They Are Finally Home!

This morning after more than 16 years, the 3 remaining members of the Cuban 5 were finally freed and are now home in Cuba with their loved ones. Gerardo has now been reunited with Adriana, Ramon is back with Elizabeth and his 3 beautiful daughters and Antonio is with his mother Mirta, the 84 year old tireless inspiration of this struggle, who feared she would die before she saw her son back in Cuba. And of course they are now reunited with their 2 other brothers, Rene and Fernando. This is a moment in which everyone in the solidarity movement with Cuba can rejoice. It is also a victory for the resilient people of Cuba who never wavered in their support for the Five who were always considered heroes of the homeland.

Cuba-US: The new normalization?

Normalizing relations between the two nations will require a series of presidential actions. Here is a roadmap for how that could happen…whenever. A president can exercise his or her pardon powers set out in Article II, Section 2 of the U.S. Constitution to end the incarceration of the three remaining Cuban intelligence officers: Commutation of sentences (reducing them to time served) is inherent in the president’s power to pardon. In the case of the three remaining members of the original “Cuban Five” who are still in prison, a commutation of their sentences would, at this date, mean they will have served 16 years in prison. An additional advantage, apart from addressing the Cuban people’s sense of injustice, is that a commutation could help facilitate the release of USAID contractor Alan Gross, who is jailed in Cuba and not yet one-third of the way through a 15-year prison sentence. Article published in Americas Quaterly by US lawyer Robert Muse

NY Times: Letters to the Editor

"Your Nov. 3 editorial “A Prisoner Swap With Cuba” presented a reasonable resolution to a major obstacle in normalizing United States relations with Cuba, but did not mention some key facts." ART HEITZER, chairman of the Cuba subcommittee of the National Lawyers Guild. "Two examples of prisoner exchanges between the United States and Cuba are particularly relevant. At the time, both of these swaps were politically controversial, requiring presidential grit and determination. But, as President Obama should note, they advanced United States national interests and returned imprisoned Americans to their families." WILLIAM M. LEOGRANDE and PETER KORNBLUH, co-authors of “Back Channel to Cuba: The Hidden History of Negotiations Between Washington and Havana.”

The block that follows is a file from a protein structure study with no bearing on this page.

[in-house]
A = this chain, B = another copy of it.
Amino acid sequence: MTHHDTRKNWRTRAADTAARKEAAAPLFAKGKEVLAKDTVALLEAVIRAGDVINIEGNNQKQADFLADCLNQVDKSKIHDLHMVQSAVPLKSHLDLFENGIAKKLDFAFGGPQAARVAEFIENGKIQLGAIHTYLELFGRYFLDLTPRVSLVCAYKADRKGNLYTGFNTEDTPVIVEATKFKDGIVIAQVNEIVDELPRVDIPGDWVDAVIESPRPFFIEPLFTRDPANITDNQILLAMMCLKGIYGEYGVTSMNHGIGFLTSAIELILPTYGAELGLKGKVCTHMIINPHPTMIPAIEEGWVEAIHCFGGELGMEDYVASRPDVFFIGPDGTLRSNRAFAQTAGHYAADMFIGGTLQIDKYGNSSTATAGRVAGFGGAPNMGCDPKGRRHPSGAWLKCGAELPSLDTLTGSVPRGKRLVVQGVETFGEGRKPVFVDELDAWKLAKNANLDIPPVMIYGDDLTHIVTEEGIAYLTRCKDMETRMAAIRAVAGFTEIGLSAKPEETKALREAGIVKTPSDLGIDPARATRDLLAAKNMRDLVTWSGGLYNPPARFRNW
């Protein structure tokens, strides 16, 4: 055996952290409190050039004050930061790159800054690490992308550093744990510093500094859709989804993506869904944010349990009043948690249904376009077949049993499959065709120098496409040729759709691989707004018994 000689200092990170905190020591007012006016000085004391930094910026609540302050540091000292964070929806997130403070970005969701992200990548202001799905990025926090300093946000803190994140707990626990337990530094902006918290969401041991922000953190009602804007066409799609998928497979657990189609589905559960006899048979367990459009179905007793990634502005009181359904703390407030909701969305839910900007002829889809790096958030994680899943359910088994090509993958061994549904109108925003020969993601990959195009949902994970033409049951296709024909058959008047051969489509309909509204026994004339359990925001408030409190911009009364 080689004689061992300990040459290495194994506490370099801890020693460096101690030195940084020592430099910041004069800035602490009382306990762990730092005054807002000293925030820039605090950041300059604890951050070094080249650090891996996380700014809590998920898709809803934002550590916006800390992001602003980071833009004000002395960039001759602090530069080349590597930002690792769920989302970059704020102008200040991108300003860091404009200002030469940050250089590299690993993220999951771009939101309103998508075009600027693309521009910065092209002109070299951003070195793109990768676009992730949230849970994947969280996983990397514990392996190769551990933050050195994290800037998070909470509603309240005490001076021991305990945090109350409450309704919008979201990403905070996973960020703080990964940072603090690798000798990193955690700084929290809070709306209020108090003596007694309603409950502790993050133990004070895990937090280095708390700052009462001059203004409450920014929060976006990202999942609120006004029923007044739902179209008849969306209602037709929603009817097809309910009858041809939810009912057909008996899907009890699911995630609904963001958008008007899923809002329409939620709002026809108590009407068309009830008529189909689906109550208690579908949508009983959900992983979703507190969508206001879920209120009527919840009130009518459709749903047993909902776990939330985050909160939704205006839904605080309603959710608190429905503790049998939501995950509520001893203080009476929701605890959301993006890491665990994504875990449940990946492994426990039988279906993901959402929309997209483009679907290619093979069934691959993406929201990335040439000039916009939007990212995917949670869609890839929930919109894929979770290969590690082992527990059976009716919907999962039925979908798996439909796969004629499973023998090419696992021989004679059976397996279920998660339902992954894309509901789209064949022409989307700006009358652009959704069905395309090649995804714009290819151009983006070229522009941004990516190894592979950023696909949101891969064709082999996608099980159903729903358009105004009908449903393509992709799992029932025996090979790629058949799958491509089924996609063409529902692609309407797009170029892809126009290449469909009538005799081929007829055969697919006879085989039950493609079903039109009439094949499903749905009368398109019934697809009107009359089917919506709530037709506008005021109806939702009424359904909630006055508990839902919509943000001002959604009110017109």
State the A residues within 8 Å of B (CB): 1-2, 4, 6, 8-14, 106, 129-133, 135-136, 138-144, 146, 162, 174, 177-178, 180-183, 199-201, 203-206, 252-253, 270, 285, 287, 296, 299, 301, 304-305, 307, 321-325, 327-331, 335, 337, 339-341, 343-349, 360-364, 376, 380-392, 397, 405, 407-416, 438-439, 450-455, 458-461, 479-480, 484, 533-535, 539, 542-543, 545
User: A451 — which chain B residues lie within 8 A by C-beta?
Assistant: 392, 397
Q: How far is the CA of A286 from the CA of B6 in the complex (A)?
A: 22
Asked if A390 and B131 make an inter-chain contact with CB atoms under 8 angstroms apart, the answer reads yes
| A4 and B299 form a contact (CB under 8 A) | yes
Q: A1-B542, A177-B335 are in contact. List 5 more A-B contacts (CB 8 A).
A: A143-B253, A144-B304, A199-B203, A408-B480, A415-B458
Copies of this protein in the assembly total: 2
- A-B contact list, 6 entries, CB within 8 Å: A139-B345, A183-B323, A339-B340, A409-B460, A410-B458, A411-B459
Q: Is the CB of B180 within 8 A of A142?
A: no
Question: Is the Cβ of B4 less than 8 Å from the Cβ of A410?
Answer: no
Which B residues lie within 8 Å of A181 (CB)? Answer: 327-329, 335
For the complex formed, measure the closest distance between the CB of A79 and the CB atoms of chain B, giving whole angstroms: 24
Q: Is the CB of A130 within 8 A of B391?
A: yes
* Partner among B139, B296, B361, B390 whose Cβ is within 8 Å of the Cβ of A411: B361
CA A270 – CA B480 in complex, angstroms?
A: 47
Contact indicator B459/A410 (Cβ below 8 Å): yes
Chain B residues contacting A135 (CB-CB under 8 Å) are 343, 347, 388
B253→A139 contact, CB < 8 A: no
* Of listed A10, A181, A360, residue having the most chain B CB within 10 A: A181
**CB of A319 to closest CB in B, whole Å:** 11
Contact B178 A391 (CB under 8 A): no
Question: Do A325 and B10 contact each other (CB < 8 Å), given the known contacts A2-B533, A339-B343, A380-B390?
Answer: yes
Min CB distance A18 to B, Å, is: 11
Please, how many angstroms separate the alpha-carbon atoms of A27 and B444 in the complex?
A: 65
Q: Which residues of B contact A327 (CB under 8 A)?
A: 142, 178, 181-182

The New York Times breaks the media blockade

In my article currently circulating in Nueva Réplica I regretted that the New York Times had not raised the case of Gerardo, Ramón and Antonio in its editorial last October in which the paper called for ending the US blockade against Cuba. When I wrote it, I did not imagine that with that document, the New York paper would start an important debate, which has lasted a month and includes several editorials advocating a substantial change in the relations between the two countries. The latest one, published Sunday, November 2, proposed that the three be released and that in exchange, Cuba for humanitarian reasons would free Alan Gross who was sentenced here for participating in illegal activities to overthrow the revolutionary government. This is a fair and reasonable position. The paper is right when it defines the release of three Cuban heroes as a vital step towards civilized coexistence between two countries that are and will always be neighbors. By Ricardo Alarcón de Quesada

Delegation presents final report from the International Commission of Inquiry to US Government at the US Embassy in London

This morning a high level delegation representing millions of people from across the globe met with US Government officials to hand over the final report of the International Commission of Inquiry into the case of the Cuban Five. The delegation was made up of parliamentary representatives, Trade Unions, lawyers and NGOs and included two members of the British Parliament Cathy Jamieson MP, and Grahame Morris MP. Len McCluskey, General Secretary of UK’s largest trade union Unite, represented the global trade union movement and barrister Elizabeth Woodcraft, who was one of the coordinators of the International Commission of Inquiry, came on behalf of the legal community. Rob Miller, Director Cuba Solidarity Campaign, represented the thousands of supporters and organisations who made up the international coalition 'Voices for the Five' which had organised the Commission of Inquiry in March 2014.

Rene Gonzalez's Blog: "I'm a spy, they say,"

This post constitutes my presentation to the world of the blogosphere. To write it I’ve counted on the politeness of people who have preceded me on this field. Not all of them share the same views, but they all wish for a better Cuba and share an intellectual honesty which I respect. They are also together on the support for the Five. In this regard they represent millions of people both in Cuba and around the world.


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Who are they?

René González Fernando González Antonio Guerrero Ramón Labañino Gerardo Hernández

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